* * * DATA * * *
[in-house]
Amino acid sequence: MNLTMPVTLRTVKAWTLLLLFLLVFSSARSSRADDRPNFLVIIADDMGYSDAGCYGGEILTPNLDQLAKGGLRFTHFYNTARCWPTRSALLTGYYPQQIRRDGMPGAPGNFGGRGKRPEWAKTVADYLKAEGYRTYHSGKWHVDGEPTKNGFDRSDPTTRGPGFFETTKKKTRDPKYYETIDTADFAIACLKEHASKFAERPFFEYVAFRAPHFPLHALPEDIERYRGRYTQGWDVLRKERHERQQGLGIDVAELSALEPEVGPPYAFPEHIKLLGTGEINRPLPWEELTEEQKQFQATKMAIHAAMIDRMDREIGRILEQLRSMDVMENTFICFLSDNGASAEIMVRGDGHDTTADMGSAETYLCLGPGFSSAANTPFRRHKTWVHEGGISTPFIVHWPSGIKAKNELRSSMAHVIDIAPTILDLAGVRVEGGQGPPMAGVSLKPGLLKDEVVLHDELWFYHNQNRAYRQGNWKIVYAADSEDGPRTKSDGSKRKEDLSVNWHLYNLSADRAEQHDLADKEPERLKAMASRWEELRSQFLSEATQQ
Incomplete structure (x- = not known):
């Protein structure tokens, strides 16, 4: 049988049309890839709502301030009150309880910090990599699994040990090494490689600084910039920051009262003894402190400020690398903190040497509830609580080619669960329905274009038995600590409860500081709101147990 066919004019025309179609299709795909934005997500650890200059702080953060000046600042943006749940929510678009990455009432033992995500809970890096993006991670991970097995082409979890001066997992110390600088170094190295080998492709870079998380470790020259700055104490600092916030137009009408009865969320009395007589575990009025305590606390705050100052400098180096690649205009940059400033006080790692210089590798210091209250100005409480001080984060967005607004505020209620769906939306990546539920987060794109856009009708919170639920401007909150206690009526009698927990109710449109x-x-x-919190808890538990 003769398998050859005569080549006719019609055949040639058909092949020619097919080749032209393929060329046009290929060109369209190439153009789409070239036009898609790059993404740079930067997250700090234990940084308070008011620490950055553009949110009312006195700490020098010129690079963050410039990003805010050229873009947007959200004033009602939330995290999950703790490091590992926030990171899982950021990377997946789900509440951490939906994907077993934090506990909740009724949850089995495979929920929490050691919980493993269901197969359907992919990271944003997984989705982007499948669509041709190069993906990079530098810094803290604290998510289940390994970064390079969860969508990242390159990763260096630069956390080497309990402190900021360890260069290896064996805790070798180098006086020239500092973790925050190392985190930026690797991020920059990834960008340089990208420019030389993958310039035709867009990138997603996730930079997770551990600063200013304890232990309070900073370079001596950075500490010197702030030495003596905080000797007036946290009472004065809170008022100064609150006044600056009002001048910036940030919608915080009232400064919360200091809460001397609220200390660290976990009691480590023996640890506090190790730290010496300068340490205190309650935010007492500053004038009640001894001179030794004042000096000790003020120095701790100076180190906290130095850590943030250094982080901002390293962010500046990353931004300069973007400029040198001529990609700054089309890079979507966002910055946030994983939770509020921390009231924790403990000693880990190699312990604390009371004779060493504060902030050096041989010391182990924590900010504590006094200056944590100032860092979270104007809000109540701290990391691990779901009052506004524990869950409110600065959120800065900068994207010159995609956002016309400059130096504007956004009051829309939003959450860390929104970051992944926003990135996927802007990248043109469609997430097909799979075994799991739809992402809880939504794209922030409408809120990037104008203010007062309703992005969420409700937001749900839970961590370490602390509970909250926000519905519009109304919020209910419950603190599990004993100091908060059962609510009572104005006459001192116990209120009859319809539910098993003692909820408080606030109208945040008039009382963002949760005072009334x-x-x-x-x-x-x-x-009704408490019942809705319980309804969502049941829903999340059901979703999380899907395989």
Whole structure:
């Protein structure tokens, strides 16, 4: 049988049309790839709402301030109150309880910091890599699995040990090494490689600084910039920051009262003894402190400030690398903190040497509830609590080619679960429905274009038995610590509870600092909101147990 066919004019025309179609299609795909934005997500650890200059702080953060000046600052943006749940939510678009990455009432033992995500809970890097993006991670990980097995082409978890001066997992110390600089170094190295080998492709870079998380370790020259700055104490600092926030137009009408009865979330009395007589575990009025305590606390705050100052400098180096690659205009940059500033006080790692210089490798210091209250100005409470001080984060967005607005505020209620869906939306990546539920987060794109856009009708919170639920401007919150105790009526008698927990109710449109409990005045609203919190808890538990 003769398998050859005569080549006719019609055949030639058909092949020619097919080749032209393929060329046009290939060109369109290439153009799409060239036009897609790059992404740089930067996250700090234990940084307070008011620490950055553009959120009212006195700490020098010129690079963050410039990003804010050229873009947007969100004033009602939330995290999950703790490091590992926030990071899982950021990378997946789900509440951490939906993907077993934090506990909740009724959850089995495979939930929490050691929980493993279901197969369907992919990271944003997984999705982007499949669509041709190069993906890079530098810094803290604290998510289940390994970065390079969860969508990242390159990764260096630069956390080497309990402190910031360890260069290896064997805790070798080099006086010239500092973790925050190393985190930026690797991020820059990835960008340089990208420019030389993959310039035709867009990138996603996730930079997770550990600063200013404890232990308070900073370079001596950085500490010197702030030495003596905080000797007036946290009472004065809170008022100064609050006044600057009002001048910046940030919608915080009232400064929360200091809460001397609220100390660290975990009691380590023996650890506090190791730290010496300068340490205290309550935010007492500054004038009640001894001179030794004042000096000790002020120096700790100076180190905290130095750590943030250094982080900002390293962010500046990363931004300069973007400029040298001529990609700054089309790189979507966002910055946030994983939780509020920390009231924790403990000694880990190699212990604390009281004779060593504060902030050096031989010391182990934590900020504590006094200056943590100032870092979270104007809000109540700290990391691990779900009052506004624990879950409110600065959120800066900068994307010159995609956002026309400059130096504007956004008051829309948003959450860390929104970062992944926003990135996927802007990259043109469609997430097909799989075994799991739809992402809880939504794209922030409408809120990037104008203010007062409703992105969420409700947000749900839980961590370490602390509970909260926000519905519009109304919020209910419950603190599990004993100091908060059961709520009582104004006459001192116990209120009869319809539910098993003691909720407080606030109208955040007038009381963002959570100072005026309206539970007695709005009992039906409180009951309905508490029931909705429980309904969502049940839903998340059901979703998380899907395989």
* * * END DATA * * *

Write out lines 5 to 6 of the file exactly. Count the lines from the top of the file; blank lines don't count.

Whole structure:
């Protein structure tokens, strides 16, 4: 049988049309790839709402301030109150309880910091890599699995040990090494490689600084910039920051009262003894402190400030690398903190040497509830609590080619679960429905274009038995610590509870600092909101147990 066919004019025309179609299609795909934005997500650890200059702080953060000046600052943006749940939510678009990455009432033992995500809970890097993006991670990980097995082409978890001066997992110390600089170094190295080998492709870079998380370790020259700055104490600092926030137009009408009865979330009395007589575990009025305590606390705050100052400098180096690659205009940059500033006080790692210089490798210091209250100005409470001080984060967005607005505020209620869906939306990546539920987060794109856009009708919170639920401007919150105790009526008698927990109710449109409990005045609203919190808890538990 003769398998050859005569080549006719019609055949030639058909092949020619097919080749032209393929060329046009290939060109369109290439153009799409060239036009897609790059992404740089930067996250700090234990940084307070008011620490950055553009959120009212006195700490020098010129690079963050410039990003804010050229873009947007969100004033009602939330995290999950703790490091590992926030990071899982950021990378997946789900509440951490939906993907077993934090506990909740009724959850089995495979939930929490050691929980493993279901197969369907992919990271944003997984999705982007499949669509041709190069993906890079530098810094803290604290998510289940390994970065390079969860969508990242390159990764260096630069956390080497309990402190910031360890260069290896064997805790070798080099006086010239500092973790925050190393985190930026690797991020820059990835960008340089990208420019030389993959310039035709867009990138996603996730930079997770550990600063200013404890232990308070900073370079001596950085500490010197702030030495003596905080000797007036946290009472004065809170008022100064609050006044600057009002001048910046940030919608915080009232400064929360200091809460001397609220100390660290975990009691380590023996650890506090190791730290010496300068340490205290309550935010007492500054004038009640001894001179030794004042000096000790002020120096700790100076180190905290130095750590943030250094982080900002390293962010500046990363931004300069973007400029040298001529990609700054089309790189979507966002910055946030994983939780509020920390009231924790403990000694880990190699212990604390009281004779060593504060902030050096031989010391182990934590900020504590006094200056943590100032870092979270104007809000109540700290990391691990779900009052506004624990879950409110600065959120800066900068994307010159995609956002026309400059130096504007956004008051829309948003959450860390929104970062992944926003990135996927802007990259043109469609997430097909799989075994799991739809992402809880939504794209922030409408809120990037104008203010007062409703992105969420409700947000749900839980961590370490602390509970909260926000519905519009109304919020209910419950603190599990004993100091908060059961709520009582104004006459001192116990209120009869319809539910098993003691909720407080606030109208955040007038009381963002959570100072005026309206539970007695709005009992039906409180009951309905508490029931909705429980309904969502049940839903998340059901979703998380899907395989």